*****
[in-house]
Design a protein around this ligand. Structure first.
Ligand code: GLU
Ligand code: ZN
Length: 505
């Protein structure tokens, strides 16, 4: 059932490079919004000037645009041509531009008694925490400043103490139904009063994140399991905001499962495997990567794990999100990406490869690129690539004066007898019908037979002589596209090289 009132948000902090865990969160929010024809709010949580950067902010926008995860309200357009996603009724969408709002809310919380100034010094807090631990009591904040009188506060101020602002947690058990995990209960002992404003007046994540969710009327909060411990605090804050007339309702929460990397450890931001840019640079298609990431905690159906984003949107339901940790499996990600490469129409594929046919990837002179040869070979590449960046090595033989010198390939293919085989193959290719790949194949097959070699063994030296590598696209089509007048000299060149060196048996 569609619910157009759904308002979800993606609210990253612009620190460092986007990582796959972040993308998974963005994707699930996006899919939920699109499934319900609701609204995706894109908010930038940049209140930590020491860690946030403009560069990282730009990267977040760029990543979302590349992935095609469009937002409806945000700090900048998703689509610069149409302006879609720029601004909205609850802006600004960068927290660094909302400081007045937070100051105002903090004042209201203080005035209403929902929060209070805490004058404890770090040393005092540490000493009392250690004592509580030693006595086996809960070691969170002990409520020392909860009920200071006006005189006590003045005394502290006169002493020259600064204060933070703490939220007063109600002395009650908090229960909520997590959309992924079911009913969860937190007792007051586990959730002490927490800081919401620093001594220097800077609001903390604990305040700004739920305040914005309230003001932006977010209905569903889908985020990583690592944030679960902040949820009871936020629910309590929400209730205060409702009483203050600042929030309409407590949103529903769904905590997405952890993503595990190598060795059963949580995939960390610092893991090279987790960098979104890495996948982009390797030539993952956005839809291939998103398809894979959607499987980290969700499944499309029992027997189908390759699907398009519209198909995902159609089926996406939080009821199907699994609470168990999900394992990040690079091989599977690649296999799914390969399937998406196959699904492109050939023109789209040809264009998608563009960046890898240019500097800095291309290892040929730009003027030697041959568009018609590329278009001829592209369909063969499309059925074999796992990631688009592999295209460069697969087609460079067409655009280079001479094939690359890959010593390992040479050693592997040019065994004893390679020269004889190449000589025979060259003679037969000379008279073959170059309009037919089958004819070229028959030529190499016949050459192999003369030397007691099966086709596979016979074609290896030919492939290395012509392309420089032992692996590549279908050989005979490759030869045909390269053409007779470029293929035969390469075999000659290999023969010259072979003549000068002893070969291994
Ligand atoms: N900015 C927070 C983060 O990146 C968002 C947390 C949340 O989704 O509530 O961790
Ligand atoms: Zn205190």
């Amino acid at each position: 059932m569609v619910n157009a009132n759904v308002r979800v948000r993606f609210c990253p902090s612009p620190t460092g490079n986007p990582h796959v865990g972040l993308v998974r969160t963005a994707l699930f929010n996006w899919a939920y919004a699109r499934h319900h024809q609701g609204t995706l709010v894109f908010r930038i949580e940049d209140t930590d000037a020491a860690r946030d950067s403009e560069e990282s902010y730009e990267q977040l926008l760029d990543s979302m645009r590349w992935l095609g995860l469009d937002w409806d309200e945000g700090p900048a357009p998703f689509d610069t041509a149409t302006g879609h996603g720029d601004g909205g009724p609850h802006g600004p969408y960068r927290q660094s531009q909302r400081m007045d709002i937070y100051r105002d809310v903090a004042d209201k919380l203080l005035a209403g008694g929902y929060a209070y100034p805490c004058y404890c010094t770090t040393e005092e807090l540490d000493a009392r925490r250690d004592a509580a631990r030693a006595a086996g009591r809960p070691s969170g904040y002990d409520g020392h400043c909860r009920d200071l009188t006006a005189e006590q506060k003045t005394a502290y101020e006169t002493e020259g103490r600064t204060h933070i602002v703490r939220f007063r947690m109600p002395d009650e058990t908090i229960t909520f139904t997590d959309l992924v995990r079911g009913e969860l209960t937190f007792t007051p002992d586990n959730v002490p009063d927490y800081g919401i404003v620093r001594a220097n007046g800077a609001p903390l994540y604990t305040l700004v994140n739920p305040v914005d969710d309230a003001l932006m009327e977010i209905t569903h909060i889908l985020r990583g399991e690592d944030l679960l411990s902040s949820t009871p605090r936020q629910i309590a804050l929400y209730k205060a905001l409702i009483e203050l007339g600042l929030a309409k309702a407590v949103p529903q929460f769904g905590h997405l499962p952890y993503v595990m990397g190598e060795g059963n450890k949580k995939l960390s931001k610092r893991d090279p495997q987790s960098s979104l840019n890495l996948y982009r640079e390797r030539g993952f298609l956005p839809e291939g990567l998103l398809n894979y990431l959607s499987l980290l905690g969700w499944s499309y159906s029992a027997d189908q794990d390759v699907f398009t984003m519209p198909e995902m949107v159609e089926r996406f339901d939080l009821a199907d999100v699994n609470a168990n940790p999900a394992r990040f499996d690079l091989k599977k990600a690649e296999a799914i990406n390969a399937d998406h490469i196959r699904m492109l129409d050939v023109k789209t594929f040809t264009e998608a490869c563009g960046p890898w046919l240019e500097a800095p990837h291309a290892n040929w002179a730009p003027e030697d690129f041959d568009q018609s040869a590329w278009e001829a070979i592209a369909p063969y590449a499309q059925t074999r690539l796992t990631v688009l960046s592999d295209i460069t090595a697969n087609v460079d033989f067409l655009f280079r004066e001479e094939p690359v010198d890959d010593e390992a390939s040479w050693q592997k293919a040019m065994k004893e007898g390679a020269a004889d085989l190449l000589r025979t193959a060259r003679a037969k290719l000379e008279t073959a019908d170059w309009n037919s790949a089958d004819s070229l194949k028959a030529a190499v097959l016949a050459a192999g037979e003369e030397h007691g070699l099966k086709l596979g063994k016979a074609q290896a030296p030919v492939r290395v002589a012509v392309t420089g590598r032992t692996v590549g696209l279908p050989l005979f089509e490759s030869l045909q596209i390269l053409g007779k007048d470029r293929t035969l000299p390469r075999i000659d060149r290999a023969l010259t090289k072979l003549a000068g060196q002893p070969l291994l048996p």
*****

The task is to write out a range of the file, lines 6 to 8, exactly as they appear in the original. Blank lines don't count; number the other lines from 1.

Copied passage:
């Protein structure tokens, strides 16, 4: 059932490079919004000037645009041509531009008694925490400043103490139904009063994140399991905001499962495997990567794990999100990406490869690129690539004066007898019908037979002589596209090289 009132948000902090865990969160929010024809709010949580950067902010926008995860309200357009996603009724969408709002809310919380100034010094807090631990009591904040009188506060101020602002947690058990995990209960002992404003007046994540969710009327909060411990605090804050007339309702929460990397450890931001840019640079298609990431905690159906984003949107339901940790499996990600490469129409594929046919990837002179040869070979590449960046090595033989010198390939293919085989193959290719790949194949097959070699063994030296590598696209089509007048000299060149060196048996 569609619910157009759904308002979800993606609210990253612009620190460092986007990582796959972040993308998974963005994707699930996006899919939920699109499934319900609701609204995706894109908010930038940049209140930590020491860690946030403009560069990282730009990267977040760029990543979302590349992935095609469009937002409806945000700090900048998703689509610069149409302006879609720029601004909205609850802006600004960068927290660094909302400081007045937070100051105002903090004042209201203080005035209403929902929060209070805490004058404890770090040393005092540490000493009392250690004592509580030693006595086996809960070691969170002990409520020392909860009920200071006006005189006590003045005394502290006169002493020259600064204060933070703490939220007063109600002395009650908090229960909520997590959309992924079911009913969860937190007792007051586990959730002490927490800081919401620093001594220097800077609001903390604990305040700004739920305040914005309230003001932006977010209905569903889908985020990583690592944030679960902040949820009871936020629910309590929400209730205060409702009483203050600042929030309409407590949103529903769904905590997405952890993503595990190598060795059963949580995939960390610092893991090279987790960098979104890495996948982009390797030539993952956005839809291939998103398809894979959607499987980290969700499944499309029992027997189908390759699907398009519209198909995902159609089926996406939080009821199907699994609470168990999900394992990040690079091989599977690649296999799914390969399937998406196959699904492109050939023109789209040809264009998608563009960046890898240019500097800095291309290892040929730009003027030697041959568009018609590329278009001829592209369909063969499309059925074999796992990631688009592999295209460069697969087609460079067409655009280079001479094939690359890959010593390992040479050693592997040019065994004893390679020269004889190449000589025979060259003679037969000379008279073959170059309009037919089958004819070229028959030529190499016949050459192999003369030397007691099966086709596979016979074609290896030919492939290395012509392309420089032992692996590549279908050989005979490759030869045909390269053409007779470029293929035969390469075999000659290999023969010259072979003549000068002893070969291994
Ligand atoms: N900015 C927070 C983060 O990146 C968002 C947390 C949340 O989704 O509530 O961790
Ligand atoms: Zn205190």